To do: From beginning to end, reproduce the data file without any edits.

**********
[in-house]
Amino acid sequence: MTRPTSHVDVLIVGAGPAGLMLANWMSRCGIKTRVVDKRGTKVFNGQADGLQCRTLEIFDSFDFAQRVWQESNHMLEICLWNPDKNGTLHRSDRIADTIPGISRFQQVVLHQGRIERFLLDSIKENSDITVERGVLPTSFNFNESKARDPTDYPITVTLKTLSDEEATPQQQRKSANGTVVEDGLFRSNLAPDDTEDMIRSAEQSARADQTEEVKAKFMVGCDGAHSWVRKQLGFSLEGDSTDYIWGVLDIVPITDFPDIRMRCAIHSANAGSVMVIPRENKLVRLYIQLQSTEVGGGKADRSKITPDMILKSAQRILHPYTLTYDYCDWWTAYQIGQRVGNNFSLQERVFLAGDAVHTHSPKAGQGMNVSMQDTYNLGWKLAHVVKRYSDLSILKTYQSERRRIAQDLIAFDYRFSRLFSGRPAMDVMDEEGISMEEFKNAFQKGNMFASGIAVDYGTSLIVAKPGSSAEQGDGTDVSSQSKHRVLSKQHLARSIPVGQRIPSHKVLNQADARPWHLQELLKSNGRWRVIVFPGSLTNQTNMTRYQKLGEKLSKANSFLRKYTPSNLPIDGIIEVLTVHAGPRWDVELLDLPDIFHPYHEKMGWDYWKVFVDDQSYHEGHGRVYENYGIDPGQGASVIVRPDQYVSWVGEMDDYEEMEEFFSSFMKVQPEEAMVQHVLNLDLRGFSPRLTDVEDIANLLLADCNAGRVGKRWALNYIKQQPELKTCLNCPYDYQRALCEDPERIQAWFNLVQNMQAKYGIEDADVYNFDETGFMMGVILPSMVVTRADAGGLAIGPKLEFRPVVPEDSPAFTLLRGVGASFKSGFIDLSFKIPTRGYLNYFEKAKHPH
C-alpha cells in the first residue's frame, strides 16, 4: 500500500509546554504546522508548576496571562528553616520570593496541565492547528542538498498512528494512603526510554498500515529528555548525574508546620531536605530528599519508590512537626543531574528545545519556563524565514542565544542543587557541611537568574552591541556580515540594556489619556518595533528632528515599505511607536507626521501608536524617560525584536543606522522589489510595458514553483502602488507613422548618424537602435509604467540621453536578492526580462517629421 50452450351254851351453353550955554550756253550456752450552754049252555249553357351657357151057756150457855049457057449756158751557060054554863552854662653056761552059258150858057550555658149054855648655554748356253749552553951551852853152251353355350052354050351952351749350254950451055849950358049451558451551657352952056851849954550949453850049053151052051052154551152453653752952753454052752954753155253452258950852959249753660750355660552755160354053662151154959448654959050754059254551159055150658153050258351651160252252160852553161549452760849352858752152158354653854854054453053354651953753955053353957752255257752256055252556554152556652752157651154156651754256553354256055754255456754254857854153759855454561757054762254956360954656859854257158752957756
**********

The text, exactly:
[in-house]
Amino acid sequence: MTRPTSHVDVLIVGAGPAGLMLANWMSRCGIKTRVVDKRGTKVFNGQADGLQCRTLEIFDSFDFAQRVWQESNHMLEICLWNPDKNGTLHRSDRIADTIPGISRFQQVVLHQGRIERFLLDSIKENSDITVERGVLPTSFNFNESKARDPTDYPITVTLKTLSDEEATPQQQRKSANGTVVEDGLFRSNLAPDDTEDMIRSAEQSARADQTEEVKAKFMVGCDGAHSWVRKQLGFSLEGDSTDYIWGVLDIVPITDFPDIRMRCAIHSANAGSVMVIPRENKLVRLYIQLQSTEVGGGKADRSKITPDMILKSAQRILHPYTLTYDYCDWWTAYQIGQRVGNNFSLQERVFLAGDAVHTHSPKAGQGMNVSMQDTYNLGWKLAHVVKRYSDLSILKTYQSERRRIAQDLIAFDYRFSRLFSGRPAMDVMDEEGISMEEFKNAFQKGNMFASGIAVDYGTSLIVAKPGSSAEQGDGTDVSSQSKHRVLSKQHLARSIPVGQRIPSHKVLNQADARPWHLQELLKSNGRWRVIVFPGSLTNQTNMTRYQKLGEKLSKANSFLRKYTPSNLPIDGIIEVLTVHAGPRWDVELLDLPDIFHPYHEKMGWDYWKVFVDDQSYHEGHGRVYENYGIDPGQGASVIVRPDQYVSWVGEMDDYEEMEEFFSSFMKVQPEEAMVQHVLNLDLRGFSPRLTDVEDIANLLLADCNAGRVGKRWALNYIKQQPELKTCLNCPYDYQRALCEDPERIQAWFNLVQNMQAKYGIEDADVYNFDETGFMMGVILPSMVVTRADAGGLAIGPKLEFRPVVPEDSPAFTLLRGVGASFKSGFIDLSFKIPTRGYLNYFEKAKHPH
C-alpha cells in the first residue's frame, strides 16, 4: 500500500509546554504546522508548576496571562528553616520570593496541565492547528542538498498512528494512603526510554498500515529528555548525574508546620531536605530528599519508590512537626543531574528545545519556563524565514542565544542543587557541611537568574552591541556580515540594556489619556518595533528632528515599505511607536507626521501608536524617560525584536543606522522589489510595458514553483502602488507613422548618424537602435509604467540621453536578492526580462517629421 50452450351254851351453353550955554550756253550456752450552754049252555249553357351657357151057756150457855049457057449756158751557060054554863552854662653056761552059258150858057550555658149054855648655554748356253749552553951551852853152251353355350052354050351952351749350254950451055849950358049451558451551657352952056851849954550949453850049053151052051052154551152453653752952753454052752954753155253452258950852959249753660750355660552755160354053662151154959448654959050754059254551159055150658153050258351651160252252160852553161549452760849352858752152158354653854854054453053354651953753955053353957752255257752256055252556554152556652752157651154156651754256553354256055754255456754254857854153759855454561757054762254956360954656859854257158752957756